- structured information exchange: you need to send your colleague a set of file together with some relevant instructions. You can attach files to the database as info elements, and insert text items as child (or parent) nodes.
You shouldn’t use TreeProjects if the file system works fine for you.
Here are some things that about TreeProjects that you might not find in other products of similar price range.
- TreeProjects is one of the fastest, most responsive, and least resource-demanding personal database tools. It is carefully written in pure C/C++ with efficiency in mind, achieving small memory and disk footprint.
- Many personal database tools have tabs, but not many allow to split, dock and arrange item windows (and control panes) for concurrent editing.
- All editions of TreeProjects, including the lower-priced L edition, can index the contents of file attachments for search. This capability is commonly provided by other personal database tools in higher price ranges.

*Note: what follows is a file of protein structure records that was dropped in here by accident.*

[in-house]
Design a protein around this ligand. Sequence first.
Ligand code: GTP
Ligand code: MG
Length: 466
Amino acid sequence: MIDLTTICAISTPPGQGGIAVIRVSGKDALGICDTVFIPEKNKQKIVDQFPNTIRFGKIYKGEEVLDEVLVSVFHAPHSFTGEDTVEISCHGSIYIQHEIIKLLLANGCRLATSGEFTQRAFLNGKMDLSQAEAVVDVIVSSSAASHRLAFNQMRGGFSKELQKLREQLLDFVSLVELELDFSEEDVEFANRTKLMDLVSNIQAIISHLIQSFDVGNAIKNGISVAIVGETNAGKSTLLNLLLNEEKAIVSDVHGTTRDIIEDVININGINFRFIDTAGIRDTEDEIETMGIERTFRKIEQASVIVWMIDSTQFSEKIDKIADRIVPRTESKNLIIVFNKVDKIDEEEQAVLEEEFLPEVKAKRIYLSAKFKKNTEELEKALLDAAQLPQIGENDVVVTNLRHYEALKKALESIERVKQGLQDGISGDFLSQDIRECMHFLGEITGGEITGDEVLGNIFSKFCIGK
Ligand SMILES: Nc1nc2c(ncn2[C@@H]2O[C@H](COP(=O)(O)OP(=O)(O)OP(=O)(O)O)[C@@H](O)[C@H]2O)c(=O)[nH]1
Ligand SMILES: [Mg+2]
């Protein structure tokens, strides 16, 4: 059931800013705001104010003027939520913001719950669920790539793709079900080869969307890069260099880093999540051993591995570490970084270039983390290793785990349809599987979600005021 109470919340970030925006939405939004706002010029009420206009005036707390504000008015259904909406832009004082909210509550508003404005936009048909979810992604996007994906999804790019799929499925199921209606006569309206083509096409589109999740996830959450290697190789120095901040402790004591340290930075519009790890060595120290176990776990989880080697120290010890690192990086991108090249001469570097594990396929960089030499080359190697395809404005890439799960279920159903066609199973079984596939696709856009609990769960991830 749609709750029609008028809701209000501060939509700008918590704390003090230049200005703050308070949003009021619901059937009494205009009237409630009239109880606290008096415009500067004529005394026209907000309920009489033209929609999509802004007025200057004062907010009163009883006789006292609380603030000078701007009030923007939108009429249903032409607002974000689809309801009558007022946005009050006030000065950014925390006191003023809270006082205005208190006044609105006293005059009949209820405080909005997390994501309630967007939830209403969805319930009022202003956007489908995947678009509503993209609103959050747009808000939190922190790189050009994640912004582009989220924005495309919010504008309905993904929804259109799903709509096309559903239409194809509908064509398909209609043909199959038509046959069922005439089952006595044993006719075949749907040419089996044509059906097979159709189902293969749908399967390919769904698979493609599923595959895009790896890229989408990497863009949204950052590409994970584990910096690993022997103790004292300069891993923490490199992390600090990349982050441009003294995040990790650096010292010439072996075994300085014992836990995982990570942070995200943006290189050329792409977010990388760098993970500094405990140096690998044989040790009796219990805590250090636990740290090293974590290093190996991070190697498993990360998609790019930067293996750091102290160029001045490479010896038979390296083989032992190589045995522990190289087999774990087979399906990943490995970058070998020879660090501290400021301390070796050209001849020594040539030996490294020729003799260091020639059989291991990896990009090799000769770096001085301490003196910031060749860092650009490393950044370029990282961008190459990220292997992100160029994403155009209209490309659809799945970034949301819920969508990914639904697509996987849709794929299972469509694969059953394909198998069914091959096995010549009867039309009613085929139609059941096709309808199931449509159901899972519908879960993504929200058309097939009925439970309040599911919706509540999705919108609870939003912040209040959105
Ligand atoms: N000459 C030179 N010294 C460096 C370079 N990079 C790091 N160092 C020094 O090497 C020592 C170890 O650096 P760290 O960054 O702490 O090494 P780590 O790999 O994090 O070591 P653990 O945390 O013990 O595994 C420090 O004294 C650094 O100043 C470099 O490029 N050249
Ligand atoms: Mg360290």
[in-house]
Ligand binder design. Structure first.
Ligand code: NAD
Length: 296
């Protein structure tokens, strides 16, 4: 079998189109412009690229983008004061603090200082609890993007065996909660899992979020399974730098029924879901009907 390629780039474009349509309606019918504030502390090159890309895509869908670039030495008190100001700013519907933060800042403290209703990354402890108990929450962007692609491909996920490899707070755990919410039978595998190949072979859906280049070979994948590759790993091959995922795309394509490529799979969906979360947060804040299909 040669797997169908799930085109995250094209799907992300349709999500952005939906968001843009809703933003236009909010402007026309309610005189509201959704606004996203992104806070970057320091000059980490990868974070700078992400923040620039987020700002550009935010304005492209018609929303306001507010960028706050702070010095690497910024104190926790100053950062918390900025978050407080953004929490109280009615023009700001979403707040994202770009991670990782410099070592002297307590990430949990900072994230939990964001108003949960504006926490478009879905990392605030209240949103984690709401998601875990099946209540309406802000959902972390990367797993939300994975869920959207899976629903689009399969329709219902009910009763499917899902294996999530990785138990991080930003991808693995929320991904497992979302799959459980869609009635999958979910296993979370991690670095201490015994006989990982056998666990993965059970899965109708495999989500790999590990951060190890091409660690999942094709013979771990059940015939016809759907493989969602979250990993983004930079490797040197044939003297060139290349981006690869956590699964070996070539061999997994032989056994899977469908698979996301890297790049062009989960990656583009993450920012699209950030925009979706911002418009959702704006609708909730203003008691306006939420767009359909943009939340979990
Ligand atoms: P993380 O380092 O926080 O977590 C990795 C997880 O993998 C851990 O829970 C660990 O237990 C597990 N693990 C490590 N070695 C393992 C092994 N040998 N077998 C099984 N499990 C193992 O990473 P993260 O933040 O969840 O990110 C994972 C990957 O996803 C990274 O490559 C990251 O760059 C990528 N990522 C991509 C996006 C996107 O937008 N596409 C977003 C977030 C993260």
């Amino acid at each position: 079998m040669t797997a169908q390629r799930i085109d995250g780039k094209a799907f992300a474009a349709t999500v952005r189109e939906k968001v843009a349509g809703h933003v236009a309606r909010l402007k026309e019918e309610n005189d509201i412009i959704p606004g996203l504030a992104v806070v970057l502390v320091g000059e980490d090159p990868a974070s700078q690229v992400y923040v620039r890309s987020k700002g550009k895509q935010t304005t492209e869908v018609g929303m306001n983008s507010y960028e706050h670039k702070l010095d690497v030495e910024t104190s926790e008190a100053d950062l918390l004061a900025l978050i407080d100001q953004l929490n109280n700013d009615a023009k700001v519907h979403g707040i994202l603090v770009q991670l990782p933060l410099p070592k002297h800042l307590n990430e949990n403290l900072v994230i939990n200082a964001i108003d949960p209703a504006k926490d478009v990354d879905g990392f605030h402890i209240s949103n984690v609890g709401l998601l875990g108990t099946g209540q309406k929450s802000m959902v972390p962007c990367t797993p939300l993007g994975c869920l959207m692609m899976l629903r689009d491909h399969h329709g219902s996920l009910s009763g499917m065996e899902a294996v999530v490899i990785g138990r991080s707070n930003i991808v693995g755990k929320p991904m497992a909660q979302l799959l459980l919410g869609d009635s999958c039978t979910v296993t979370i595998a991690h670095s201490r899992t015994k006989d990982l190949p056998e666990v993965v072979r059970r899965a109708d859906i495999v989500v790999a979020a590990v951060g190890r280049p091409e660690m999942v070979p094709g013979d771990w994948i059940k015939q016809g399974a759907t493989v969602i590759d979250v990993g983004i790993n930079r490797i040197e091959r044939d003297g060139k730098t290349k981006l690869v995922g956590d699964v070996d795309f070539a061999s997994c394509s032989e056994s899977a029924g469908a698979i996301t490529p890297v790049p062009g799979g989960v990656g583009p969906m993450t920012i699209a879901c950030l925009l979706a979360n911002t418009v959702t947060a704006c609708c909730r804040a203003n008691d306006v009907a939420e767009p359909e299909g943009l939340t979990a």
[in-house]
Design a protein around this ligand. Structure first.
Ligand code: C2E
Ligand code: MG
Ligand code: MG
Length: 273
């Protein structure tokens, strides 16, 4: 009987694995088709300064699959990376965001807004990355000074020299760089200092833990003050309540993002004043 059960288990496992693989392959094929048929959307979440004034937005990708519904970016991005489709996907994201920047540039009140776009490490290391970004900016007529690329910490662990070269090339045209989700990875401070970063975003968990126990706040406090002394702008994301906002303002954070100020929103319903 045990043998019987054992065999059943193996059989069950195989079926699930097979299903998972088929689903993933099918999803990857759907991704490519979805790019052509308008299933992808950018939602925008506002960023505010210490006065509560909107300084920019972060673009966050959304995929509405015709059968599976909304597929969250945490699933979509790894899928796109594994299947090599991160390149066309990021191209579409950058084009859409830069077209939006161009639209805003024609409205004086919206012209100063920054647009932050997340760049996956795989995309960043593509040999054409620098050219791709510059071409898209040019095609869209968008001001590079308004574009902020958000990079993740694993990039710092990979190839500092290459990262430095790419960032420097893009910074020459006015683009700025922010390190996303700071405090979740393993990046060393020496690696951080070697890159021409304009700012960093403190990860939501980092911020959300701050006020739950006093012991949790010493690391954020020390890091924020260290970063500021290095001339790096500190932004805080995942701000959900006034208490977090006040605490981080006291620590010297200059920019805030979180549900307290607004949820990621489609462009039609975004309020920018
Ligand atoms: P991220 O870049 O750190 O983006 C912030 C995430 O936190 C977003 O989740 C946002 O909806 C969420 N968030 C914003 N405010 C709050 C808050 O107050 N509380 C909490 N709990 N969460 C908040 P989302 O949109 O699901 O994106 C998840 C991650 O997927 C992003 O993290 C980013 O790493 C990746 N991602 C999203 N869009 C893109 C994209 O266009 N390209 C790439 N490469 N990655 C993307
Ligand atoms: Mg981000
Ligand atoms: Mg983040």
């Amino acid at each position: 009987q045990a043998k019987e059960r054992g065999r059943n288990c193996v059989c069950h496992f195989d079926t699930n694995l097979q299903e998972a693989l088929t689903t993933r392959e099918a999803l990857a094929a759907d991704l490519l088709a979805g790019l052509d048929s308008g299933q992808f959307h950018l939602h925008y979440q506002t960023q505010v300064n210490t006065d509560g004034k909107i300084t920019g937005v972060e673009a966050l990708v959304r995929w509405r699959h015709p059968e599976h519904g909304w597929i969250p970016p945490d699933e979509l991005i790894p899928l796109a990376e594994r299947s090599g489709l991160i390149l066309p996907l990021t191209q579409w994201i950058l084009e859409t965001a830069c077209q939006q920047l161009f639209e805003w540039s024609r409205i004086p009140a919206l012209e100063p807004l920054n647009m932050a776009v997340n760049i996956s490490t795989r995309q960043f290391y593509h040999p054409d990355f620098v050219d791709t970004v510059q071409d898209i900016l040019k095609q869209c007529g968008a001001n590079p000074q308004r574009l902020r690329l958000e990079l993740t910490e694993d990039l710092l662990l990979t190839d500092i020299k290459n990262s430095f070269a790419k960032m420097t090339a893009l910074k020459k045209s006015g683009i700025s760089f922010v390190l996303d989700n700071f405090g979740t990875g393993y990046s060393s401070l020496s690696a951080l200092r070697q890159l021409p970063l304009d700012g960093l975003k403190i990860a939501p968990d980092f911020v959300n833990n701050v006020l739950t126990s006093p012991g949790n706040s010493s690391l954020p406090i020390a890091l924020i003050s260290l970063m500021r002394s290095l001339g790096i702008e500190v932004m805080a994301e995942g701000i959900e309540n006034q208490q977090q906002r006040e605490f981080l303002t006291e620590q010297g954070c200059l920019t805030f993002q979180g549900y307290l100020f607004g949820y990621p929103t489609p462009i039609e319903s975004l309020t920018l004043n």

- The “Save” operation gives you fine control: TreeProjects allows to review all modified items, and only save the desired ones. No more accidentally overwritten stuff.
- Item versioning is not very common in personal databases; TreeProjects offers simple but convenient versioning of items, including file attachments.
- Dedicated error reporting which will send your error description and automatically link relevant technical information – all from within TreeProjects. In the unlikely event of application crash, the error report will be sent to the developer automatically. Many important bugs have been fixed in this manner.